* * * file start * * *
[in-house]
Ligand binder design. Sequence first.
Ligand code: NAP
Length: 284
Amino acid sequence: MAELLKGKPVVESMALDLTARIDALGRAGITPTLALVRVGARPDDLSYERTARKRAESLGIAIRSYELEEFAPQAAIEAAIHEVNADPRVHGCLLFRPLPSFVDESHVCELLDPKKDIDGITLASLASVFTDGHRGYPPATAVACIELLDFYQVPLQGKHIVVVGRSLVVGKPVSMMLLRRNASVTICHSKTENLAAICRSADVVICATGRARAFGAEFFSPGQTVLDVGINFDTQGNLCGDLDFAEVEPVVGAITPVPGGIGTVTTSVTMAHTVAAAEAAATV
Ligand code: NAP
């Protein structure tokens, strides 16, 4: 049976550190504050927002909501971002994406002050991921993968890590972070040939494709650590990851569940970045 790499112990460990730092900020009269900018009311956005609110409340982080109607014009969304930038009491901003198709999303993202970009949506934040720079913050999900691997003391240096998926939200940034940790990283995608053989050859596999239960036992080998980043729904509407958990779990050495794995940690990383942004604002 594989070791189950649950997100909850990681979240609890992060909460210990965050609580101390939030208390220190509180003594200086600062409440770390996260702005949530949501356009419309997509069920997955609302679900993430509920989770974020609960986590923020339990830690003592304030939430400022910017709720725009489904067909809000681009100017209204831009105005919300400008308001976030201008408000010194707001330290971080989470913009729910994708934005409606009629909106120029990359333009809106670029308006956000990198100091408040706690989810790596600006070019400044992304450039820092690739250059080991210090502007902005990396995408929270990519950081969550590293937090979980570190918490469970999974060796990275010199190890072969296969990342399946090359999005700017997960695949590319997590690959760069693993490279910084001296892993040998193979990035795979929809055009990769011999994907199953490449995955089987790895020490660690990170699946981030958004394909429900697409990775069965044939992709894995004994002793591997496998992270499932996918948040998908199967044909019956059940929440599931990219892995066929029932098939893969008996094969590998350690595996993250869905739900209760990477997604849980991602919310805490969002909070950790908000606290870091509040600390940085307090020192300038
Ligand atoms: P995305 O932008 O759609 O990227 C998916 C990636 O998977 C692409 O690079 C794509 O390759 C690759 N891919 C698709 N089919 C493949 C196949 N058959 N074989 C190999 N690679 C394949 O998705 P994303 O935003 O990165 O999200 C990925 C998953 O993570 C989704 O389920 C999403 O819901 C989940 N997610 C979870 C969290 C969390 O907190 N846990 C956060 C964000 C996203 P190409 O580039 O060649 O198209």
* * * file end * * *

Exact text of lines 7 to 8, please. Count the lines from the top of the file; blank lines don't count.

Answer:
């Protein structure tokens, strides 16, 4: 049976550190504050927002909501971002994406002050991921993968890590972070040939494709650590990851569940970045 790499112990460990730092900020009269900018009311956005609110409340982080109607014009969304930038009491901003198709999303993202970009949506934040720079913050999900691997003391240096998926939200940034940790990283995608053989050859596999239960036992080998980043729904509407958990779990050495794995940690990383942004604002 594989070791189950649950997100909850990681979240609890992060909460210990965050609580101390939030208390220190509180003594200086600062409440770390996260702005949530949501356009419309997509069920997955609302679900993430509920989770974020609960986590923020339990830690003592304030939430400022910017709720725009489904067909809000681009100017209204831009105005919300400008308001976030201008408000010194707001330290971080989470913009729910994708934005409606009629909106120029990359333009809106670029308006956000990198100091408040706690989810790596600006070019400044992304450039820092690739250059080991210090502007902005990396995408929270990519950081969550590293937090979980570190918490469970999974060796990275010199190890072969296969990342399946090359999005700017997960695949590319997590690959760069693993490279910084001296892993040998193979990035795979929809055009990769011999994907199953490449995955089987790895020490660690990170699946981030958004394909429900697409990775069965044939992709894995004994002793591997496998992270499932996918948040998908199967044909019956059940929440599931990219892995066929029932098939893969008996094969590998350690595996993250869905739900209760990477997604849980991602919310805490969002909070950790908000606290870091509040600390940085307090020192300038
Ligand atoms: P995305 O932008 O759609 O990227 C998916 C990636 O998977 C692409 O690079 C794509 O390759 C690759 N891919 C698709 N089919 C493949 C196949 N058959 N074989 C190999 N690679 C394949 O998705 P994303 O935003 O990165 O999200 C990925 C998953 O993570 C989704 O389920 C999403 O819901 C989940 N997610 C979870 C969290 C969390 O907190 N846990 C956060 C964000 C996203 P190409 O580039 O060649 O198209």